'Trafficked' probes dangerously deep into the criminal underworld
Delving into everything from drug smuggling to counterfeiting, this NatGeo documentary series is as frightening as it is fascinating
Dressed in a hazmat suit, journalist Mariana van Zeller and her film crew risk their lives observing a fentanyl "cook" mix the addictive and potentially lethal drug in an underground lab in Mexico.
The crew has been taken blindfolded to the lab, where the bulky cook tosses out the comment that his tachycardia (heart rate of over 100 beats) gives him an idea of how potent each batch will be.
In this episode of Trafficked, an eight-part National Geographic series on the drug underworld, Van Zeller is the first outsider to be allowed inside the fentanyl operations from the outset. Her crew films a "tourist" boat collecting 10 barrels of chemicals floating in the sea off Mazatlan port, Mexico.
WATCH | The trailer for 'Trafficked'.
Unsurprisingly, in a series probing dangerously deep into black markets and smuggling - drugs, tiger trafficking, gun running, counterfeiting, scams and pimping - subjects don't want their faces exposed.
"They don't want us to show their faces or anything, so we put our cameras down," she says when they're meeting members of a drug cartel pipeline on a street.
Von Zeller says that journalist Miguel Angel Vega played a critical role in building relationships with Mexican drug cartels to make this access possible.
Asked why they talk, he says: "It's always about ego because they want to show their muscle. They want to show their guns . Although they fear any of us could be undercover or informants for the DEA [US Drug Enforcement Administration]."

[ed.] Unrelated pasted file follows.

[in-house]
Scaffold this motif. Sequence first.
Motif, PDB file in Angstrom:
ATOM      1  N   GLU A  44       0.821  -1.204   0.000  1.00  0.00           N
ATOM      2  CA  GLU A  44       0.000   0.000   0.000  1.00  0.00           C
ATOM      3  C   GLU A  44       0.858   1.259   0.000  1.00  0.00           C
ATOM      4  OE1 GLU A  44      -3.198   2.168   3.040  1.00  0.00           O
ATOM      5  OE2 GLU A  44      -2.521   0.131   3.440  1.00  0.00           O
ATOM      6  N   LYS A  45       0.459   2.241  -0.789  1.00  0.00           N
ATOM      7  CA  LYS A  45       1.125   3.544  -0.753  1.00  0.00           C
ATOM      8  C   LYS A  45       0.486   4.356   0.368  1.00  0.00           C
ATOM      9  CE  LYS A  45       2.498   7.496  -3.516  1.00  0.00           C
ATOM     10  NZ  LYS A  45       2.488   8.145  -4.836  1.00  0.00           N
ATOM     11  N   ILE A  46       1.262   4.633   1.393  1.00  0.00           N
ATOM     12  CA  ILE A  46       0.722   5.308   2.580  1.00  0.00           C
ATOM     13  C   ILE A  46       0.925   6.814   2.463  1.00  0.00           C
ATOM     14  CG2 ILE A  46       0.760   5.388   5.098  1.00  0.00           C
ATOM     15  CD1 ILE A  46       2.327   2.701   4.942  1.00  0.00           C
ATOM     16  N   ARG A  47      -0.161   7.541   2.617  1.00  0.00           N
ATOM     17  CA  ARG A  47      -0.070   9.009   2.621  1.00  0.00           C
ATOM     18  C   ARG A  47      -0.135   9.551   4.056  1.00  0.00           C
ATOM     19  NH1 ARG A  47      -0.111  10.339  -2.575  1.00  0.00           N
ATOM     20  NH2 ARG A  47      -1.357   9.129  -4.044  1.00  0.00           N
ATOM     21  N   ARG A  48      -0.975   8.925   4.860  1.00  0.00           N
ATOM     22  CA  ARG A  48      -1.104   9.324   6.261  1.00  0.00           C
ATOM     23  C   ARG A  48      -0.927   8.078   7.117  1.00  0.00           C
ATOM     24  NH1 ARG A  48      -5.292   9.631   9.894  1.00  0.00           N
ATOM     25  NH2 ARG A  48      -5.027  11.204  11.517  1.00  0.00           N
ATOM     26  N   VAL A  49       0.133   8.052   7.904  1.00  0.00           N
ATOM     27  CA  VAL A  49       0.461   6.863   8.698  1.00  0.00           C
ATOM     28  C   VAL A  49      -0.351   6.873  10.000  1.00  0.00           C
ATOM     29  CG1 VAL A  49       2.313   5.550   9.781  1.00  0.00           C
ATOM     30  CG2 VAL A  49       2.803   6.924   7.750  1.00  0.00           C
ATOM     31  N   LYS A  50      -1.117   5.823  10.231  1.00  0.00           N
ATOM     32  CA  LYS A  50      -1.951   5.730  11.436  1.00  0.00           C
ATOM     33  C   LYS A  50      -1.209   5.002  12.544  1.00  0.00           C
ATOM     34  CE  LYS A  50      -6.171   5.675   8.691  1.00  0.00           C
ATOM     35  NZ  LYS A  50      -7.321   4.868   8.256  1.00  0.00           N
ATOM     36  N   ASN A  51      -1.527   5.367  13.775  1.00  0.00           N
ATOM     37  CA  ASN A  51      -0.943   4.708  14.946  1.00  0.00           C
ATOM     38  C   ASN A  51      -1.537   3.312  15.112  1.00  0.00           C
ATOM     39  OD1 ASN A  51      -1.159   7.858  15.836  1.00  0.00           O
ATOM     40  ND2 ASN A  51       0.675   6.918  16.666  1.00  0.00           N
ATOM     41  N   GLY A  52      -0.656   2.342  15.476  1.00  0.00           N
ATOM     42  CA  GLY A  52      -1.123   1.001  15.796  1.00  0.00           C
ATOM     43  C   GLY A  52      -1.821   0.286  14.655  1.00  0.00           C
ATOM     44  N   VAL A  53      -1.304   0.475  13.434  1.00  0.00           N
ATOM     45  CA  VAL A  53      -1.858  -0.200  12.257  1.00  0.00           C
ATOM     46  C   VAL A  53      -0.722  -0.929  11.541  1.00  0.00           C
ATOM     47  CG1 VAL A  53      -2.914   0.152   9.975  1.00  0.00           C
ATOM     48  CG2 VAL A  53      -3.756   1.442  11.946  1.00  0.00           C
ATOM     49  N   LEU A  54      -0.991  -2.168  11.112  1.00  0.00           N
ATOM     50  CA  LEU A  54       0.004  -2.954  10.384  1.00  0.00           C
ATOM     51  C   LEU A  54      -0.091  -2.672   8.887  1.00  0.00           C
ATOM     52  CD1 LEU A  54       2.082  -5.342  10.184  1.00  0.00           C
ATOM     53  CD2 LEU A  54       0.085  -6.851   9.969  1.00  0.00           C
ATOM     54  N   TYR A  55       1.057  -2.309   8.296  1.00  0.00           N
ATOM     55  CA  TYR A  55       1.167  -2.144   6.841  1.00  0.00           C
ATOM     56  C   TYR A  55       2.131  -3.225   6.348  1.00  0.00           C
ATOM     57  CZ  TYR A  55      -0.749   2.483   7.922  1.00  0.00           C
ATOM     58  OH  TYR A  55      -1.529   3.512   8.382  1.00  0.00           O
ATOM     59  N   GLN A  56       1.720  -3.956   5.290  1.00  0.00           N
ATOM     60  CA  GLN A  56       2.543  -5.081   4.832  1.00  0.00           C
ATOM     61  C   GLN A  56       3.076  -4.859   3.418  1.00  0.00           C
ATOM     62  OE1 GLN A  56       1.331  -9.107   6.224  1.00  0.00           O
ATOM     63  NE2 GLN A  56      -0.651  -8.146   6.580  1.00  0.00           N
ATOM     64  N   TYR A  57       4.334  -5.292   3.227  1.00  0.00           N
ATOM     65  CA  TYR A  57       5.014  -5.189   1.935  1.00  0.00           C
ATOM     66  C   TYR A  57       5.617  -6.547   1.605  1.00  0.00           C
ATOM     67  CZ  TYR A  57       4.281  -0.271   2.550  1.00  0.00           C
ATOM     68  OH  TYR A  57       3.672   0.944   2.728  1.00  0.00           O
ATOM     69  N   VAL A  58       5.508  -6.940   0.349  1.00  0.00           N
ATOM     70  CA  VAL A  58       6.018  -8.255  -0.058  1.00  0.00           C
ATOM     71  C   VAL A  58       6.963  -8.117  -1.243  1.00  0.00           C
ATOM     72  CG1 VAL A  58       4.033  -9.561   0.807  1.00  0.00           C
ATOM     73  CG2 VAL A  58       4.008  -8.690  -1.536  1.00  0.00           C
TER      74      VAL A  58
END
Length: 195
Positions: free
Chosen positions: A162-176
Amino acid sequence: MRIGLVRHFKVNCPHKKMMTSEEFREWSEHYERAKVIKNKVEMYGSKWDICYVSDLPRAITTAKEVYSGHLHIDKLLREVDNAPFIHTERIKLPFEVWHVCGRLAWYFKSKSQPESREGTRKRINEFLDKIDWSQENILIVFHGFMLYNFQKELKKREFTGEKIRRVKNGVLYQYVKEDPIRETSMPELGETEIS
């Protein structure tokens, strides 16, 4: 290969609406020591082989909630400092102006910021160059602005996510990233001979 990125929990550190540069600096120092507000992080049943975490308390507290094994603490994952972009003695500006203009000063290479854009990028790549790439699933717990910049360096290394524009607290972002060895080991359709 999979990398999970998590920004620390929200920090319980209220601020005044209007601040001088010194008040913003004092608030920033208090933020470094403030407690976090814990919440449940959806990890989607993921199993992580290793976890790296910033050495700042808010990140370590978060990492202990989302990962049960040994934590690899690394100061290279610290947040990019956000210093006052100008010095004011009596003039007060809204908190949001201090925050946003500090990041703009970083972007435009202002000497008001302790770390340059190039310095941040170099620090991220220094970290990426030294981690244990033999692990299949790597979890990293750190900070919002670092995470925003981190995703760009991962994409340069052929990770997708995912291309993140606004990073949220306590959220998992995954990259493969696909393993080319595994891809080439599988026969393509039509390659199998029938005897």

What makes the show stand out is not only the team's courage, but the host's talent at getting the criminals to open up
What makes the show stand out is not only the team's courage, but Van Zeller's talent at getting the criminals to open up.
Van Zeller, who's been reporting on the global underworld for 15 years, says: "People don't realise that black markets are all around us, hidden in plain sight. And what fascinates me most is how normal, law-abiding people - people like you and me - get pulled into these criminal worlds."
She also flags the fine line between what's legal or not, meeting with the Hulkish steroid king Dr Tony Huge while he is injecting his "guinea pigs" in the locker room of a gym with experimental body-building drugs.
"I'm feeling the pressure right now. I'm feeling really tiny and terrible," says Van Zeller, massively outranked in size.
But when it comes to figures at the top, like the pimps who are feted in movies, hit songs and bestsellers, there's another dynamic at play - that of cruel efficiency. One pimp in a balaclava tells her how he used a razor to cut the feet of a woman who tried to walk away from him. Then he tells her there are women much worse off in her home town of San Francisco, where she's filming the episode, rendezvousing in laundromat parking lots and on street corners. Pimping networks prove tougher for Van Zeller to infiltrate than gun-running networks.
Some of the figureheads associated with the "shadow economy" are already known to the public - like tiger breeder Joe Exotic, who's behind bars for murder-for-hire, and Doc Antle, charged with wildlife trafficking - both made famous by the Netflix series Tiger King: Murder, Mayhem and Madness.
The tiger breeding industry in the US, where there are an estimated 5,000 to 10,000 captive tiger cubs, fuels the deadly international tiger bones and parts trade, which Van Zeller follows to a casino in Laos.
Posing as tourists, the crew try to get shots of tigers in cages, which have been relocated, but they are forced to depart hastily.
Van Zeller also goes on an anti-poaching patrol in the forest. One of the scenes shows how people put their lives on the line, as Van Zeller and her crew do, to protect threatened wildlife and people.
Trafficked casts light on people behind the criminal curtain illegally working to meet the public's never-ending desire for riches, sex, guns and drugs.
• 'Trafficked' premiers on the National Geographic channel on January 21.